Taking care of a loved one with a disability

Taking care of a loved one with a disability

AD | Collaborative post

At some point in your life you might find yourself in a situation where you may need to take care of a loved one for a whole host of reasons. One of these might be that your loved one has a disability of some kind and needs some additional help.

There can be so many things to think about if you are caring for someone with a disability, no matter what age they are. These are just some things to think about:

Be informed

Some disabilities are from birth while others come later in life. One of the best ways you can care for someone is to know as much as you can. Prepare yourself by doing a bit of research, by learning about that particular disability and what kind of care someone might need. The more you know, the better prepared you will be to help.

Home alterations

When it comes to equipment, some people need a lot with them at all times or you might need to make changes to the person’s home. This could be anything from making sure there are accessible bathrooms, rails in the right places or if the person needs constant oxygen at home, products from The Oxygen Store. Do some research into what your loved one needs and what might help them in the long run.

Managing a job and being a carer

This can be a tricky one as it really could depend on what kind of care your loved one needs. Not everyone needs round the clock care or maybe you’re sharing the responsibility with someone else. Of course, not everyone can afford to be a full time carer, especially with the rising cost of living.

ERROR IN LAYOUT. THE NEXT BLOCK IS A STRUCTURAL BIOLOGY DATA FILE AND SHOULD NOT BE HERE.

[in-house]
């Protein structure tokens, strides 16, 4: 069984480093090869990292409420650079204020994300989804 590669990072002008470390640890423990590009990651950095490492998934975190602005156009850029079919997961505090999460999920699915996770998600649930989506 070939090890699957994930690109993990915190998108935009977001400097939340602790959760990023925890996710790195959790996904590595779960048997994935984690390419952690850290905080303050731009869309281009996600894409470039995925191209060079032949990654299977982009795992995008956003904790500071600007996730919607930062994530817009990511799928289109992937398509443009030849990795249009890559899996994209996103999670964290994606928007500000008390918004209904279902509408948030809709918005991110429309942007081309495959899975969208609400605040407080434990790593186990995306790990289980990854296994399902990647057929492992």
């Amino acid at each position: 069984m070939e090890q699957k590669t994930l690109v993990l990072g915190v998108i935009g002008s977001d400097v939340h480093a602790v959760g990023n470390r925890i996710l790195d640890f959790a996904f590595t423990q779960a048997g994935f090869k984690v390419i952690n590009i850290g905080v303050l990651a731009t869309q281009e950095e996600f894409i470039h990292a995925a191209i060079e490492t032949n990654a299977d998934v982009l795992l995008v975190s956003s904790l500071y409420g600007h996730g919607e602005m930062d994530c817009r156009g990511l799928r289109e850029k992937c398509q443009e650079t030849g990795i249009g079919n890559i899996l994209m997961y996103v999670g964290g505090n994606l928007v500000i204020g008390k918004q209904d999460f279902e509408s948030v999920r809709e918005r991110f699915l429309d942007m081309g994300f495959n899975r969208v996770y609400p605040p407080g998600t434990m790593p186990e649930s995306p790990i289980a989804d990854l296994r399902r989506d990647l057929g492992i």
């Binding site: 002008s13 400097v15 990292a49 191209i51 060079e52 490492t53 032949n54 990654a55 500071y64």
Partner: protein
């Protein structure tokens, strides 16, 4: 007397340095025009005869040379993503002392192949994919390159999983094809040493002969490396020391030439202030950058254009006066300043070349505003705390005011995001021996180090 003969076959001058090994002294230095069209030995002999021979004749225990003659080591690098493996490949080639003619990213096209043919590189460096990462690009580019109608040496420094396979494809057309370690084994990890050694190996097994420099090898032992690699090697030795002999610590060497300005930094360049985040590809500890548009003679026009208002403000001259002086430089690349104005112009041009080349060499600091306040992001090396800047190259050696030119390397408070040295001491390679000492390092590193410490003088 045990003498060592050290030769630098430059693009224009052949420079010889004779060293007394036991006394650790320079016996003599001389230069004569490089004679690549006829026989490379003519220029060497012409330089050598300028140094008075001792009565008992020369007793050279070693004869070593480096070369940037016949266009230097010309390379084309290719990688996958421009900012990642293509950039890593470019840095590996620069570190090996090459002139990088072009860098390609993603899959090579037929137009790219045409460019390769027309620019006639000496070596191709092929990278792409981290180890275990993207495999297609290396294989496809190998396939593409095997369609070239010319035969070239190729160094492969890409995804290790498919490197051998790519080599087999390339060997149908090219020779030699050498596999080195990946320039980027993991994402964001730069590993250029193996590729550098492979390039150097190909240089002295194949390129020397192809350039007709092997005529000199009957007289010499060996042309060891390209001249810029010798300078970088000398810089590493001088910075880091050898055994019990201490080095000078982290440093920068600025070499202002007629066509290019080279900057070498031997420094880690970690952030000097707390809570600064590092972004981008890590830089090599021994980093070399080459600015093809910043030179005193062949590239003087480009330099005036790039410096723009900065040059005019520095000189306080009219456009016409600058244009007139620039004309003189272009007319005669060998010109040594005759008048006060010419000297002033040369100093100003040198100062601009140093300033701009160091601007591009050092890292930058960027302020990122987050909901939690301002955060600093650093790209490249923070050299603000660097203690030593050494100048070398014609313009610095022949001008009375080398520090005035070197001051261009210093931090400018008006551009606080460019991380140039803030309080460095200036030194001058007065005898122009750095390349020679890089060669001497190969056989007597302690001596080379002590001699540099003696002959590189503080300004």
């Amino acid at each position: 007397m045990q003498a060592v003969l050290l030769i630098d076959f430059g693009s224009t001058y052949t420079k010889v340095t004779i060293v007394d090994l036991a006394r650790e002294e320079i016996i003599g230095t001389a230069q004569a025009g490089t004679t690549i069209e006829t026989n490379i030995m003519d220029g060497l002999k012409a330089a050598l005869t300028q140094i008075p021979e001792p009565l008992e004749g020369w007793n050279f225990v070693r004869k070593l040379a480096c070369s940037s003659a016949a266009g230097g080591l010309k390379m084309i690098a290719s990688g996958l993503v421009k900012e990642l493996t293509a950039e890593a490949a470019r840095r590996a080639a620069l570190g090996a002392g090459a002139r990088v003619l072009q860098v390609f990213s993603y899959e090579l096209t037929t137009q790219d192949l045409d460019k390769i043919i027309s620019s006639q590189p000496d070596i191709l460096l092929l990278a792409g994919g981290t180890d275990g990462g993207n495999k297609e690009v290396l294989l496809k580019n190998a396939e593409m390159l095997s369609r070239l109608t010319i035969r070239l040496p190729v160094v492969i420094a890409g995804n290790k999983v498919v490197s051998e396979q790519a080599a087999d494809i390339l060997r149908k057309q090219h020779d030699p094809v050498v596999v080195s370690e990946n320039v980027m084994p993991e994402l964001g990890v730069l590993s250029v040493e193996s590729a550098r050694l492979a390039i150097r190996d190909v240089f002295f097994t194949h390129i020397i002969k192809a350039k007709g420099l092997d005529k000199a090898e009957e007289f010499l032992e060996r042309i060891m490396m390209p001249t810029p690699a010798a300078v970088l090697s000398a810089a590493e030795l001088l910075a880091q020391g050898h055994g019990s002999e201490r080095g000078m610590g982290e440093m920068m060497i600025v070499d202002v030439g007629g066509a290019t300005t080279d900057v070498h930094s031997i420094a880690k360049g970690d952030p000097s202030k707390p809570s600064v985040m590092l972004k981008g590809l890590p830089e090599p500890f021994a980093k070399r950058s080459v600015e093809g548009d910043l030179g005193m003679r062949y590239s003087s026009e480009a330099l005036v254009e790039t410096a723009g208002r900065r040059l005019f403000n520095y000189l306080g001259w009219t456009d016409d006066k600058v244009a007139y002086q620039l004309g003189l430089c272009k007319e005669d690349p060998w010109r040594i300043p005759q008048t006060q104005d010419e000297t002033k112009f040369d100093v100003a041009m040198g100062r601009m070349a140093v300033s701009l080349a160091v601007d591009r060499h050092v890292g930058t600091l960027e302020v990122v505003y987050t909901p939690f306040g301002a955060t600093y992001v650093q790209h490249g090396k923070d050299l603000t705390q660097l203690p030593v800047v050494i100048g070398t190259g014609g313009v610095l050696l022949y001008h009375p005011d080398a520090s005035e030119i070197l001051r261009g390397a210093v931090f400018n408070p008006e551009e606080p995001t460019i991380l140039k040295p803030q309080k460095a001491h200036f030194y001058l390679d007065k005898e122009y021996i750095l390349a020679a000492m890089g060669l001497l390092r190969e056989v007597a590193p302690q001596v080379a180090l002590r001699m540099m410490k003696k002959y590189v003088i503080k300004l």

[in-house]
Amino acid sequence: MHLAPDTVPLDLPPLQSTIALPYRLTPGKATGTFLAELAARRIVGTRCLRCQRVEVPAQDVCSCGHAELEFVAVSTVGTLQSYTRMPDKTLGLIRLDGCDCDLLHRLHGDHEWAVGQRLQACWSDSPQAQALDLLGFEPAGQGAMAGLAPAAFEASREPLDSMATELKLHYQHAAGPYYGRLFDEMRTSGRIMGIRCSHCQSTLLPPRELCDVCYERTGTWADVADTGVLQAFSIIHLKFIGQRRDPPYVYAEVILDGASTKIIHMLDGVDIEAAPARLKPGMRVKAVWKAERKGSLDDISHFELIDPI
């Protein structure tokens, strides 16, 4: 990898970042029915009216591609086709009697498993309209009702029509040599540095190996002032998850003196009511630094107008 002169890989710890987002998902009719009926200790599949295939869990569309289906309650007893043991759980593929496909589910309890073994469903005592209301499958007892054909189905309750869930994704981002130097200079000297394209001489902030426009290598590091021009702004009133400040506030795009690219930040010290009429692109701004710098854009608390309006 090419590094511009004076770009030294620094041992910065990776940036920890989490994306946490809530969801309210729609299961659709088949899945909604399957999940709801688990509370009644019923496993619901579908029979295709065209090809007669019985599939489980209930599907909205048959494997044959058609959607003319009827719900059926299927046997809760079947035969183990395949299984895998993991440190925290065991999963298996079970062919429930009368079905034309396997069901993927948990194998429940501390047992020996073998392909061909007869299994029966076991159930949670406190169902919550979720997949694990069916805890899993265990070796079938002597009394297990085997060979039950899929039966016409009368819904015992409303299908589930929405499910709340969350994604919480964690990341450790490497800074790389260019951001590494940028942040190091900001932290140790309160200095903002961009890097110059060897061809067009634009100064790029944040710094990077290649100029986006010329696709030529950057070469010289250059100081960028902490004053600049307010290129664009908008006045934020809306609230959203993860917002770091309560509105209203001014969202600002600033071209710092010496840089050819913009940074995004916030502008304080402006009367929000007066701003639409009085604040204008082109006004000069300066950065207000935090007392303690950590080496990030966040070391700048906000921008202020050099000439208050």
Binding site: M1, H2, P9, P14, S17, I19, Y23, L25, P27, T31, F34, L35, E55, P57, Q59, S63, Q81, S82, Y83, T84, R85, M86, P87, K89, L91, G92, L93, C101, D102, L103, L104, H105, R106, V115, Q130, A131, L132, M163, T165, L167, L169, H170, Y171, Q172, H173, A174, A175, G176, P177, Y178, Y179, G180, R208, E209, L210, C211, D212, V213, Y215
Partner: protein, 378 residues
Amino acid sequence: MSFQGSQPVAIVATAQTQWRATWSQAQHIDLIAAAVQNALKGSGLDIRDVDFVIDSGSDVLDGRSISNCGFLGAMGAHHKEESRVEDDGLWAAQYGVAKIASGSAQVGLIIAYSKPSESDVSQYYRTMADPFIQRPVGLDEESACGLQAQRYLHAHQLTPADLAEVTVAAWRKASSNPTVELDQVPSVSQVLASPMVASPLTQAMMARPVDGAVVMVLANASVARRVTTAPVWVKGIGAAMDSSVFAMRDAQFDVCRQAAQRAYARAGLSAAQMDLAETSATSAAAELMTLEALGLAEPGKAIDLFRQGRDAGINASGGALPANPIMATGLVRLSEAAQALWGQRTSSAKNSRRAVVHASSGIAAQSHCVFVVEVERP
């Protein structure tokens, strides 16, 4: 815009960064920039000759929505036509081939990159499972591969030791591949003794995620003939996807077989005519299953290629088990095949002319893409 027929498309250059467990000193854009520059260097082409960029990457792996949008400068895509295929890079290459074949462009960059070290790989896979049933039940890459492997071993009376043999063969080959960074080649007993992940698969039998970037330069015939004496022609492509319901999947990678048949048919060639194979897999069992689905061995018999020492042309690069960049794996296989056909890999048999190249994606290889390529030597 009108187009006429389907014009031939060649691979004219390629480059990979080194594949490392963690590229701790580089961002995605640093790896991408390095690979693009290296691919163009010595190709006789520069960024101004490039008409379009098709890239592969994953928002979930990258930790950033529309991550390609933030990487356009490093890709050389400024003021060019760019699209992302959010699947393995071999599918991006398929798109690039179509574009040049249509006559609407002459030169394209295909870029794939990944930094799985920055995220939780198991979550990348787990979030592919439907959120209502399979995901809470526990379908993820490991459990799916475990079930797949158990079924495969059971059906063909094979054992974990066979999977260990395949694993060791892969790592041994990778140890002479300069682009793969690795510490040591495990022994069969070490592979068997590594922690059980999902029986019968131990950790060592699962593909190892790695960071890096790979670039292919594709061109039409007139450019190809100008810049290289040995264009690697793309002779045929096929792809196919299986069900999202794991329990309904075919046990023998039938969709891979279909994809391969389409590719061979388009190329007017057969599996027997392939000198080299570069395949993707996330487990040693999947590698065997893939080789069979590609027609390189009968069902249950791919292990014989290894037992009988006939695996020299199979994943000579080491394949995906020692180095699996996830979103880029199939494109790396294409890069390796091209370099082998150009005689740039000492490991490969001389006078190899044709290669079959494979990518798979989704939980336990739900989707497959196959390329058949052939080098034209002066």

If this is the case and you do have a job to manage as well as being a carer then there are a few things you might consider. Talking to your boss or place of employment and explaining the situation could be really helpful. This could mean being able to alter your work times to suit everyone. It could mean not having to worry if you’re a few minutes late if something happens at home. Of course, nothing is guaranteed but being upfront and honest with your employers could go a really long way.

However, if you find yourself in a situation where your loved one is needing 24 hour care, there are other options available prior to putting them into a care home. You can look into getting a regular career to come into their home to check on them throughout the day or you could become an NDIS provider (The National Disability Insurance Scheme) so it makes managing their finances easier as well as ensuring they are able to live life to their fullest ability.

Get support

Being a carer for someone is a huge responsibility and it can really take its toll. Having a support network for yourself is so important and it’s something you could do in many ways.

Family, if you have people close by, can be a fantastic support network. Talk to people about what support you might need and how they might be able to help. This could be taking some things on for themselves or maybe just making sure you can get out for a coffee on your own now and again.

There are so many online and in person support groups for carers so you might want to join one, or a few of these. It would be great to be part of a safe and friendly group where you can share any concerns or just have a vent if you’ve been having a bad week. It’s always nice to know there are people in similar situations.

Be realistic

Being realistic will go a long way to making you the best carer you can be. Sometimes, it’s easy to get carried away and think you can do everything when in reality, it just won’t happen that way.

Something that you might want to think about in terms of what’s achievable is travelling and days out, depending on what kind of disability your loved one has. Are you able to get to where you need to be easily? Will there be any issues on the way? Do you need to take any equipment with you? These are all things to consider.


Taking care of a loved one with a disability

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